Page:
Two strong performances from Daniel Kaluuya and Lakeith Stanfield give this Black Panther film the power it deserves, writes Leaf Arbuthnot

(CENTRE FRONT-BACK) LAKEITH STANFIELD AS WILLIAM O’NEAL AND DANIEL KALUUYA AS CHAIRMAN FRED HAMPTON

 

On 4 December, 1969, the American civil rights activist Fred Hampton was murdered in his bed, in a brutal dawn raid by the FBI. His girlfriend Deborah Johnson was eight months pregnant beside him and survived the attack, as did their son born weeks later. The FBI fired 99 shots into Hampton’s apartment; they’d been given the floorplan in advance by one of his trusted confidants: Bill O’Neal, a turncoat who’d infiltrated the Illinois Panthers and was leaking vital information about the movement to the feds.

 

(LEFT TO RIGHT) ASHTON SANDERS AS JIMMY PALMER (BACK), DOMINIQUE THORNE AS JUDY HARMON, DANIEL KALUUYA AS CHAIRMAN FRED HAMPTON, DARRELL BRITT-GIBSON AS BOBBY RUSH AND CALEB EBERHARDT AS BOB LEE

 

Judas and the Black Messiah is the story of that horrific dawn raid and all that led up to it. In the performance of a lifetime, Daniel Kaluuya plays the impassioned Panther, a Marxist revolutionary with a poet’s feel for language who knew all too well that he could end up paying for his activism with his life. Opposite him is a mercurial and delicately damaged Lakeith Stanfield, who plays the Judas to Kaluuya’s Black Messiah. As the film shows, O’Neal never had grand ambitions to take out a key player in the Panther movement, but was groomed into the role like a poached frog. An apolitical petty thief, O’Neal was turned by the FBI after being caught stealing a car and impersonating a police officer. The FBI offered O’Neal two impossible options: jail for at least five years, or nominal freedom as an informant embedded in Chicago’s Black Panther party. O’Neal chose the latter, sealing both his and Hampton’s fate.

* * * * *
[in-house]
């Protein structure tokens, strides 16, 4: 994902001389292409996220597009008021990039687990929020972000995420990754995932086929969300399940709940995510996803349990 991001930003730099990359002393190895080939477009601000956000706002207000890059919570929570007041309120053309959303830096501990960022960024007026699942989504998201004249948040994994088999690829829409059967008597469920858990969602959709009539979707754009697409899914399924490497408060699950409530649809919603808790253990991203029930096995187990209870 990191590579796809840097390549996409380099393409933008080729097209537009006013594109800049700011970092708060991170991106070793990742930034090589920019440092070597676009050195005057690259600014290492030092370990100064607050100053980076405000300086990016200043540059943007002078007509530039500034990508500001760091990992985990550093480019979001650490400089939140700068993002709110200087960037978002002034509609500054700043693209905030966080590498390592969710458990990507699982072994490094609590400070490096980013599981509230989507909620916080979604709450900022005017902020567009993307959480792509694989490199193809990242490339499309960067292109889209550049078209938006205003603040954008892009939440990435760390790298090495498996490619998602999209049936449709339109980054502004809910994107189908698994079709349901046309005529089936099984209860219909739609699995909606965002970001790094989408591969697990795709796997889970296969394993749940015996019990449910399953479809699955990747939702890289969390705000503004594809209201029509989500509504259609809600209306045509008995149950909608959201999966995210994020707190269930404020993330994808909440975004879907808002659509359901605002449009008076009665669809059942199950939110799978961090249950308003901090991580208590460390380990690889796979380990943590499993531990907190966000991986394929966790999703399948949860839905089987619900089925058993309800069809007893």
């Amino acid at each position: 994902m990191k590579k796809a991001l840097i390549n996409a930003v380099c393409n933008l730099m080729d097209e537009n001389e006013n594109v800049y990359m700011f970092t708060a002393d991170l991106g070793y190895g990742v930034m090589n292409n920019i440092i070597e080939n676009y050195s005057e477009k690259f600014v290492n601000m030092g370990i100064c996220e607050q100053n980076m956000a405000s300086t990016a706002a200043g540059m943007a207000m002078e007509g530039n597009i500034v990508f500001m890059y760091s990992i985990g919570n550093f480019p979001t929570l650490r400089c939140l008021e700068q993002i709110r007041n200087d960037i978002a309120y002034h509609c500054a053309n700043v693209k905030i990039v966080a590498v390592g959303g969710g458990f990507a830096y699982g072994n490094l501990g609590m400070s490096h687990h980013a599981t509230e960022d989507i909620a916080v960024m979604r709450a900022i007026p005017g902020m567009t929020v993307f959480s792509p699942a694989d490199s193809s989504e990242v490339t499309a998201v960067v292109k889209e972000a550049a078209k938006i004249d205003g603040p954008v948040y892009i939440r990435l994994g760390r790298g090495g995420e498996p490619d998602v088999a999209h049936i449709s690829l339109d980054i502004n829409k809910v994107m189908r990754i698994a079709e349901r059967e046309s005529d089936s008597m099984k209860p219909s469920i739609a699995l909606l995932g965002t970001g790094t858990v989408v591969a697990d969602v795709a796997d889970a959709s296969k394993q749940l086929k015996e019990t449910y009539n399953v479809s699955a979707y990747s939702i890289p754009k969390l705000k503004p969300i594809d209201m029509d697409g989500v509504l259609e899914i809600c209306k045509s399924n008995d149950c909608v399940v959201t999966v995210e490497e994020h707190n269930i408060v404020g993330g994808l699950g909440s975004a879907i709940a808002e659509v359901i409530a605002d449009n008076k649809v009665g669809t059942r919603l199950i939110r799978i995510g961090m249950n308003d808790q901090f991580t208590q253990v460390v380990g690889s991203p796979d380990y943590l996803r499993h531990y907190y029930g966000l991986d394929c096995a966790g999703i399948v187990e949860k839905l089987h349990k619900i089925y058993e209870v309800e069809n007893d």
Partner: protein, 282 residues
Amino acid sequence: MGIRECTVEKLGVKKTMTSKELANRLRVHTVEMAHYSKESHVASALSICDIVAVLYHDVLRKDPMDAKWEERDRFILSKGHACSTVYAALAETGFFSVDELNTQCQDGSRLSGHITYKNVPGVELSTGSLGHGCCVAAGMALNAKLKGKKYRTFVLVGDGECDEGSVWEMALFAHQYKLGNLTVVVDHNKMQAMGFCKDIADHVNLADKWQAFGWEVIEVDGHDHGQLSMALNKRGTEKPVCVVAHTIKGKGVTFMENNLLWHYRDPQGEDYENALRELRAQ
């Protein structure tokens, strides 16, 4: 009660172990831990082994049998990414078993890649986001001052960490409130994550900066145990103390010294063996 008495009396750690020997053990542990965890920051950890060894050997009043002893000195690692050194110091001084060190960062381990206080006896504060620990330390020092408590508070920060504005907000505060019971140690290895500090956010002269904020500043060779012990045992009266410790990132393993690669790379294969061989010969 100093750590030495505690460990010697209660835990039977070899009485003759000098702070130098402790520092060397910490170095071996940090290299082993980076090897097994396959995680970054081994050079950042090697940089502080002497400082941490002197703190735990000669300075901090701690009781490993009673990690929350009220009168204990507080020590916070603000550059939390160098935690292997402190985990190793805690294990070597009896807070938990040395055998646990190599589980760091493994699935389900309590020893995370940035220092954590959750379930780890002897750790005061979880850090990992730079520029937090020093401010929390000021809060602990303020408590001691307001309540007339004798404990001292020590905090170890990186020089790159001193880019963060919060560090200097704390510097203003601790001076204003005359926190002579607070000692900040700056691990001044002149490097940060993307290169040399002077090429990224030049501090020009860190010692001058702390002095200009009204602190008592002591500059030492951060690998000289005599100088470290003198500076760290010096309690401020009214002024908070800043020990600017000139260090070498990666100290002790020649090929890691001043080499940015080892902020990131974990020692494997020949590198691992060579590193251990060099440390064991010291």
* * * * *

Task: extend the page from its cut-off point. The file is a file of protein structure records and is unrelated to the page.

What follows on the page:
(LEFT TO RIGHT) DARRELL BRITT-GIBSON AS BOBBY RUSH, DANIEL KALUUYA AS CHAIRMAN FRED HAMPTON AND LAKEITH STANFIELD AS BILL O’NEAL

 

There’s a scale and severity to this film that won’t endear it to everyone: dialogue is supersonic, accents sometimes indecipherable, and little thrift is given to viewers who might not know much about the fight for civil rights in America. An early reference for the Lucas brothers, who wrote the script, is the gangster movie The Departed, and it shows. This story too is essentially about a civil war played out on modern American streets; in an early scene, Hampton is shown drumming into new recruits the fact that the only difference between politics and war is bloodshed. Politics so far hasn’t achieved the parity that impoverished black Americans want; so it’s war. The biggest problem with the film, for my money, is that it feels slightly distant: the story and characters seen from the wrong end of the telescope. This is big history told in a big way; a rat-a-tat of stakeouts and murders and torture and avengement that sometimes gets so loud and furious it’s hard to make sense of.

 

(LEFT TO RIGHT) CALEB EBERHARDT AS BOB LEE, DARRELL BRITT-GIBSON AS BOBBY RUSH, ASHTON SANDERS AS JIMMY PALMER, DANIEL KALUUYA AS CHAIRMAN FRED HAMPTON AND LAKEITH STANFIELD AS BILL O’NEAL

 

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But beneath the thrash is an age-old story of brotherhood betrayed. It’s wrenching to watch Hampton slowly dance into the trap that will claim his life, particularly as Kaluuya is so magnetic a presence throughout this film: you want anyone to die but him. Dominique Fishback is devastating as Hampton’s young girlfriend: soft, shy, hesitant, so young-spirited she keeps a diary filled with doodles. She is pulled unbearably between her zeal for the Black Power movement embodied by Hampton, and her burgeoning sense of herself as a mother. The best moments of the film are the loudest and the quietest: the speeches that Hampton gives to hair-raising roars of approval, and the domestic scenes in which he softens to nuzzle his lover or to comfort yet another bereft woman, whose son has been murdered before his time.
FOUR STARS
Judas and the Black Messiah is available to rent now.

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